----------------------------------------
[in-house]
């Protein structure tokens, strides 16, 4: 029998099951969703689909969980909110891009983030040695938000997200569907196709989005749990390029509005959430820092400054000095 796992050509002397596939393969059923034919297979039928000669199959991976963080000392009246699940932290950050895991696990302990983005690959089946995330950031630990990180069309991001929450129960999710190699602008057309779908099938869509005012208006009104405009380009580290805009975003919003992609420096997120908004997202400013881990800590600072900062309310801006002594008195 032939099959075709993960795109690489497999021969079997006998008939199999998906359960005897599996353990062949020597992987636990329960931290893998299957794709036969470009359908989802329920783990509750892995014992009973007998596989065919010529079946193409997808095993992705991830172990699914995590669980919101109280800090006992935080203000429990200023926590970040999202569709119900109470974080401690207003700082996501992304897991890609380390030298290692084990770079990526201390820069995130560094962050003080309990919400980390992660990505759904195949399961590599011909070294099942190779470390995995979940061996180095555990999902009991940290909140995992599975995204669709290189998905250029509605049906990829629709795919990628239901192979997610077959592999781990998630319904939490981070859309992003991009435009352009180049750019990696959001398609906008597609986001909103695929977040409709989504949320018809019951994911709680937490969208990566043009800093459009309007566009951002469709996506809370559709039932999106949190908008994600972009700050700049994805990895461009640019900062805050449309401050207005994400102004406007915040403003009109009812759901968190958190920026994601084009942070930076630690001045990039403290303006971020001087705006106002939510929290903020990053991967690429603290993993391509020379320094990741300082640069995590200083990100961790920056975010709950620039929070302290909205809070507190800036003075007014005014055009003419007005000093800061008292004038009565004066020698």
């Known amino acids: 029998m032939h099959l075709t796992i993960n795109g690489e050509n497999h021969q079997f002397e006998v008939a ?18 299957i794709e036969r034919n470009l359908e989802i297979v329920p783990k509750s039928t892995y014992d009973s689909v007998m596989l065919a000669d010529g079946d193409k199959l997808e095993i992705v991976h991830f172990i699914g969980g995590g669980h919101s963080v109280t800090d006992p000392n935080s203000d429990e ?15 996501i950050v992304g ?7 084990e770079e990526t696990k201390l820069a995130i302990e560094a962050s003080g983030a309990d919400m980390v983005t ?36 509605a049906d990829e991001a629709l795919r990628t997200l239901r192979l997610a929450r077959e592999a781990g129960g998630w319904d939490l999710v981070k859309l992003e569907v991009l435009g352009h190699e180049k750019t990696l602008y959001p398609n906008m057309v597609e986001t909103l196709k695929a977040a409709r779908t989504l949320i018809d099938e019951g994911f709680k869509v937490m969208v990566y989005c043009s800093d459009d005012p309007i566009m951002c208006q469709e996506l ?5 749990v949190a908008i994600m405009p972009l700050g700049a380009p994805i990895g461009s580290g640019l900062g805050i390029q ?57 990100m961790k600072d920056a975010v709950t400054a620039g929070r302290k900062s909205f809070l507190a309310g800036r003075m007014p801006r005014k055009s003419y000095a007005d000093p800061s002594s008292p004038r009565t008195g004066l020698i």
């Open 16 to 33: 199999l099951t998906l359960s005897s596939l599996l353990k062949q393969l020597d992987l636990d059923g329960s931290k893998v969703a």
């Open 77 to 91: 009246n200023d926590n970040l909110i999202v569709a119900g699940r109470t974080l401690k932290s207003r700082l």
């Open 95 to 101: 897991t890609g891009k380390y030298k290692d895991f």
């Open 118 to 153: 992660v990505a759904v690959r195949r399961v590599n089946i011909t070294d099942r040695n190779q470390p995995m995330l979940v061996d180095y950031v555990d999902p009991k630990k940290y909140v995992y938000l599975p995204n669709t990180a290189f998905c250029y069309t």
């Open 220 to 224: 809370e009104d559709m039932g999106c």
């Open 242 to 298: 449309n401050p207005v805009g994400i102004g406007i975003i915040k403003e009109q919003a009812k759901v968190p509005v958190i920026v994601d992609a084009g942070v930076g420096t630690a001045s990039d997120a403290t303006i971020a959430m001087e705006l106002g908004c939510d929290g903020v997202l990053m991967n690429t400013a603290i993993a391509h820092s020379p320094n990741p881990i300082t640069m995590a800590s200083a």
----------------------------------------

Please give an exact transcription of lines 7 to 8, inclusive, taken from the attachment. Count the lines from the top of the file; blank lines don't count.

């Open 118 to 153: 992660v990505a759904v690959r195949r399961v590599n089946i011909t070294d099942r040695n190779q470390p995995m995330l979940v061996d180095y950031v555990d999902p009991k630990k940290y909140v995992y938000l599975p995204n669709t990180a290189f998905c250029y069309t």
């Open 220 to 224: 809370e009104d559709m039932g999106c």